provided in its Restructuring Act for a phase-in of retail access and competitive services,
allowing for electric customers to choose their electricity suppliers beginning in 2002. The law
also provides for stranded cost recovery (50% to 100%) by the utility companies that lose
Electric utilities that serve New Mexico portions of the Navajo reservation are New
Mexico Public Service Company, CDEC, Jemez Mountain Electric Cooperative, and the City of
Farmington. Municipalities and electric cooperatives are exempt from deregulation, unless they
choose to opt in.
The widely publicized experience of Californians with electric restructuring has caused
New Mexico to delay competition by five years, by act of the New Mexico Senate in February
2001. If approved by the House and Governor Johnson, customers in New Mexico will have to
wait until 2007 for full retail access and competition.
At present, Utah has no plans to deregulate its electric industry.
The volatile California energy market has impacted wholesale and retail prices for
electricity in all Western states as well as the Navajo Nation. Market prices for electricity in
Arizona and the northwest states, as evidenced by the DJ Palo Verde and DJ Mid-Columbia
indexes, have risen to levels less than but nearly equal to California prices.
The roots and causes of the California energy crisis are many. When California adopted
its electric utility restructuring legislation in 1996, the investor owned utilities agreed to divest
themselves of their generation and to purchase their power needs through short-term contracts on
the spot market through the California Power Exchange (CPX). Stranded costs were authorized
by the restructuring legislation, however the utilities were prohibited from passing through the
costs of electric power and energy to their customers until all stranded costs are recovered.
Due to a combination unanticipated demand for power in the state, transmission
constraints, increased costs of natural gas for generation, a shortage of water for hydroelectric
generation in the Northwest, and power plant maintenance downtime, market prices for
electricity in the state skyrocketed beginning in the summer of 2000. There have been
allegations of unfair trade practices and manipulation of the markets against producers and
marketers of electricity and natural gas, and some lawsuits have been filed, but these complaints
remain to be proven.
Two of the largest electric utilities serving the state, Southern California Edison (SCE)
and Pacific Gas & Electric (PG&E), have defaulted on their payments to the CPX and the CPX
has now gone out of business. At last count, the two companies have run up $12 billion in debt,
which cannot be passed on to the customers without a rate increase approved by the California
Public Utility Commission. Generators are refusing to sell power to the California utilities,
without adequate assurance of payment, and the result have been rolling blackouts in California.
The state has now placed its financial resources behind the two utilities so that they will not have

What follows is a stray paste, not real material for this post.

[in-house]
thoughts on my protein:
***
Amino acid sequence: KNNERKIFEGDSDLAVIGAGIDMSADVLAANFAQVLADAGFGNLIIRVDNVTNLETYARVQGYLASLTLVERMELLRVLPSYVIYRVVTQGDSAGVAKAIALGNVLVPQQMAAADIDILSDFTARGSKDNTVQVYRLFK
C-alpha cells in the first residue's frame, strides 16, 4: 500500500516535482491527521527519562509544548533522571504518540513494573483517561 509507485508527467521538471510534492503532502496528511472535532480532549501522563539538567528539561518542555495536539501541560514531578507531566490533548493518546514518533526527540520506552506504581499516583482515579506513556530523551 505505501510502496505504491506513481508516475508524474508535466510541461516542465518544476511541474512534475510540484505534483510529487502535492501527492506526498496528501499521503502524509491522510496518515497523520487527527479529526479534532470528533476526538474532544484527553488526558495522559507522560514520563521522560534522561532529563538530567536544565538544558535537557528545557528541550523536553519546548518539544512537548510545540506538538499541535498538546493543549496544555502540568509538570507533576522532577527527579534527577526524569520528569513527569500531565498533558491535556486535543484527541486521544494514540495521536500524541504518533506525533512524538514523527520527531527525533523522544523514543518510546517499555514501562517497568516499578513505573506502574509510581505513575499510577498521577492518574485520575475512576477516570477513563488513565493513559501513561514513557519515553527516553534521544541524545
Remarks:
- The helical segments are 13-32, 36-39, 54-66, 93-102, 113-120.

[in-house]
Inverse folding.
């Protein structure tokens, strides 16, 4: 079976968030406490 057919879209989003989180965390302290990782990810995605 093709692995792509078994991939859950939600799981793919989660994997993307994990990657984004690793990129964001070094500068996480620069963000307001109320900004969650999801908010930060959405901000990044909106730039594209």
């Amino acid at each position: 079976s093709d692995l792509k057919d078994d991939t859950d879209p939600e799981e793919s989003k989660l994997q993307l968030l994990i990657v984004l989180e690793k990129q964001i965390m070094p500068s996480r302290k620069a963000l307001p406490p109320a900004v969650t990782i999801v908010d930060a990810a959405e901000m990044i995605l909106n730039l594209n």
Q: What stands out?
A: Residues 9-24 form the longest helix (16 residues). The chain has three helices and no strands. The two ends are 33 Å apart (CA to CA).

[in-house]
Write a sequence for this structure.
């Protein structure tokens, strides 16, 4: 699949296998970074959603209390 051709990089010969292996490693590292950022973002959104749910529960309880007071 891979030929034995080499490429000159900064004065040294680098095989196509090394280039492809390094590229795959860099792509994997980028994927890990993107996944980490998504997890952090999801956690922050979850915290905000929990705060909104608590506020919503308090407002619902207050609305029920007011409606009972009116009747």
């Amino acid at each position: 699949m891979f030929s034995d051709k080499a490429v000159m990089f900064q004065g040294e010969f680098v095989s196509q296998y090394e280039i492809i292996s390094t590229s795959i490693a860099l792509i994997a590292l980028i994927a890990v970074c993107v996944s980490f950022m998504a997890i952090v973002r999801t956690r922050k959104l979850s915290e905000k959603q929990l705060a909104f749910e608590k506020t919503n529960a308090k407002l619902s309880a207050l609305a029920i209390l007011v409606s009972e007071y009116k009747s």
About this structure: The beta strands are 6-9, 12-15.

to file for bankruptcy.
In San Diego, San Diego Gas & Electric recovered all its stranded costs and began
passing through the purchase price of power to its customers in 2000. As a result, electric bills to
customers in San Diego increased by as much as 300%.
Significantly, in California, the municipal utility companies were not required to
restructure, divest themselves of generation, or open their territories to competition. Their
customers as a result have not suffered rolling blackouts or rate increases as have the
The Bush Administration has strongly iterated its belief in free markets and has stated
that California, having instituted a flawed deregulation regime, must solve its own problems.
Legislators and customers in California are now beginning to accept the fact that part of the
California solution will require substantial retail rate increases.
The Governor and legislature in California are taking extraordinary measures to resolve
the crisis. Some of these measures include construction of more generating plants in the state,
authorizing bond issues by SCE and PG&E to pay debts incurred for power purchases, rate
increases, and eliminating the requirement that the public utilities divest themselves of
generation. The state has already spent several billion dollars of state funds purchasing power on
behalf of the utilities, with the expectation of being paid back eventually.
Market conditions on the Navajo reservation have similarities to conditions in California.
First of all, the Nation does not own any generation and it has not authorized NTUA to generate
its own power or to participate in generation ventures. The Nation therefore, like California, is
dependent on outside supplies of electricity, which must be purchased at market prices. The
increasing Navajo population has resulted in growth of NTUAs electric loads, placing more
demands on its system. Wholesale natural gas prices in the San Juan Basin are at an all time
high. Shortage of water for hydroelectric generation by the Colorado River Storage Project has
also resulted in decreased deliveries by WAPA of Sustainable Hydro Power, which must be
replaced by higher priced Western Replacement Power. Finally, there are constraints on the
transmission lines delivering the bulk of electric power to the Nation.
Copied from "The White Paper" by the Navajo Nation.